A relentless Gilles hands her his card in case she changes her mind.
“I won’t,” she tersely replies. “Bye-bye now.”
And that’s it—he’s gone.
When (post-breakup with the Chicago boyfriend) she meets a guy at a party and he romances her along the Seine River. After they kiss, he crudely whispers in her ear, “And I like American pussy.”
Disgusted, Emily breaks away from him. “And I’d really like to go home—alone.” And she disappears into the sparkling Parisian night, immediately rid of him and any threat of pushiness or aggression. Of any threat, period.
In some ways, watching a show depict these situations as if you could just say the right thing and fix it made me feel worse, like, “How did I get it so wrong?” But then I remember what #metoo showed us. Women didn’t get it wrong; the world around us did.
And when it comes to this particular (fictional, glamorous) world constructed by Hollywood—the same industry that protected Harvey Weinstein—you have to wonder whether there’s some incentive to put forth a new version that looks better than reality. Perhaps this vision of what should happen when a man realizes he’s making a woman uncomfortable hits too close to home and that’s why it stings.
Emily’s world is full of jet-setters, hoteliers, fashion designers and famous people, a perfect breeding ground for bad behavior—though of course, none of the glitz and glamour is a prerequisite for abuse. Is her safe, harassment-free life all just an escapist fantasy?
Well, yes. For one thing, it’s important to mention that Emily is a cis white woman working in a white collar career. This affords her certain protections like access and power that are not necessarily afforded to women in lower wage jobs, which women of color and immigrants often hold.
Then there is the bleak reality that the isolation of the pandemic has caused an uptick in domestic violence and a potential increase in sexual harassment because people are more likely to be alone in their workplace. It’s been reported that sexual violence increases during crises, as well. Coming as a surprise to absolutely no one, these systemic problems still very much exist in 2020.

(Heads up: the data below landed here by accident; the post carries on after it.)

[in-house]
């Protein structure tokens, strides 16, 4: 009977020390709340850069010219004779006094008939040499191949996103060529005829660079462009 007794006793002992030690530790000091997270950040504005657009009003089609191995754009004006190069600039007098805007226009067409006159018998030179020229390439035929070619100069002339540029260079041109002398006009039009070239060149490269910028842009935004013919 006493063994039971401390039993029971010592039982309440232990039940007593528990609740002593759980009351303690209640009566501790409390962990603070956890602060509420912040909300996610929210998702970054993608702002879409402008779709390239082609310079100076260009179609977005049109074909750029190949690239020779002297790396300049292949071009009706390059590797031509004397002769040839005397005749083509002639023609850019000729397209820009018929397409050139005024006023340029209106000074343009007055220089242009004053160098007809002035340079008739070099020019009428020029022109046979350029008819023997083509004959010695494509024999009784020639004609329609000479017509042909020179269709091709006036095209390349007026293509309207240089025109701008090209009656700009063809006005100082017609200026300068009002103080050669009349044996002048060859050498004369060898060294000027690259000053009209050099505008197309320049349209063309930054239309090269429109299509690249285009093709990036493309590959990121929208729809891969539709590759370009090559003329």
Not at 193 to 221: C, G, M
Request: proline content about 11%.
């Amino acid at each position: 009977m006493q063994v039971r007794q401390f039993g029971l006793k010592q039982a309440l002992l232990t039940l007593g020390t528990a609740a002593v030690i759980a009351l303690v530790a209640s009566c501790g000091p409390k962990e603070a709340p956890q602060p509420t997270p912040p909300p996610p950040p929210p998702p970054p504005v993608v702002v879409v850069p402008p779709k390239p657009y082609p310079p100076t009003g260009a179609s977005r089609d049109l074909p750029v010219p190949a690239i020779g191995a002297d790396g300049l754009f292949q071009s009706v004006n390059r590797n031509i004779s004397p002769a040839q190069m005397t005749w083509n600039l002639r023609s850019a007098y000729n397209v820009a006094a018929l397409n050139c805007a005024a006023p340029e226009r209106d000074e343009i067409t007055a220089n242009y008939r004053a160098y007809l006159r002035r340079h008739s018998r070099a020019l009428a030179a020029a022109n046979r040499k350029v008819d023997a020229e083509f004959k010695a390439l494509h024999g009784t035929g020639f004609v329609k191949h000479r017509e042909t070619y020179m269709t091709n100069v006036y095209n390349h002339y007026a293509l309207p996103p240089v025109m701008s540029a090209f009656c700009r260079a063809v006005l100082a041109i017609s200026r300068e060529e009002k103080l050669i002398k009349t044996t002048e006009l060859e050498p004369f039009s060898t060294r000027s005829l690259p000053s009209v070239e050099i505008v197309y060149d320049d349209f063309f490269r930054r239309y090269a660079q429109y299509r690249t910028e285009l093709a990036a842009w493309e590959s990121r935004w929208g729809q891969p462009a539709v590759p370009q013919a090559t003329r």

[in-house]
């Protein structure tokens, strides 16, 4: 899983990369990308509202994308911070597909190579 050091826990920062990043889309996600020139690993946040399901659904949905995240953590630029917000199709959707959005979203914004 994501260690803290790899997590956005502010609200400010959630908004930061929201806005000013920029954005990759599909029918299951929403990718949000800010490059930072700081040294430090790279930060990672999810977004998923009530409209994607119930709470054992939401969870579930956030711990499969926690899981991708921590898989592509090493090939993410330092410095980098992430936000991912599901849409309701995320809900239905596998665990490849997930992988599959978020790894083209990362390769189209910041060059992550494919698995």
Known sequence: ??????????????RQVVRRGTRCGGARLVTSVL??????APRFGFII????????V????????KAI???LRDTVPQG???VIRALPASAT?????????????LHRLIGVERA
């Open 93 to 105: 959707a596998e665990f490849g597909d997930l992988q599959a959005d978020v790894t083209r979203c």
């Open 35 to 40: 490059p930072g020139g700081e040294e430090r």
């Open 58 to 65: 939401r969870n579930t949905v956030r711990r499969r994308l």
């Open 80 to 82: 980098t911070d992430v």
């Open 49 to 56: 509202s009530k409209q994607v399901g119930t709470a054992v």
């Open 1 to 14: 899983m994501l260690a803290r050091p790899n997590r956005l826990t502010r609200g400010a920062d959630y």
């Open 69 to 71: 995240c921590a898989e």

Yet, there is no doubt #metoo has shifted society. I see it anecdotally: A friend of mine, who works at a law firm, was recently groped by one of the partners. With the support of her male and female colleagues who witnessed the assault, she reported him to HR. The firm took the accusation seriously and the partner was fired without his multi-million dollar bonus. This never would have happened before #metoo. And we see it in the news; laws are changing. Many states are passing legislation to extend statutes of limitation, end or limit nondisclosure agreements (NDAs) and improve rape kit testing. And in a recent survey from the online dating company Match, sixty percent of singles said the #metoo movement was important to them and forty percent of the men surveyed said that the movement changed their behavior at work.
Statistics aside, I’d like to think that Emily’s bold voice has something to do with the changing tides and the fact that people want to see strong women treated with respect.
People do often mimic what they see on their television screens. And vice versa—TV shows are very much aware of their audience. So while I found watching the overly-optimistic-way #metoo was portrayed in this series to be triggering and painful, it also left me with an ounce of hope that maybe this particular “fantasy” could eventually become a reality.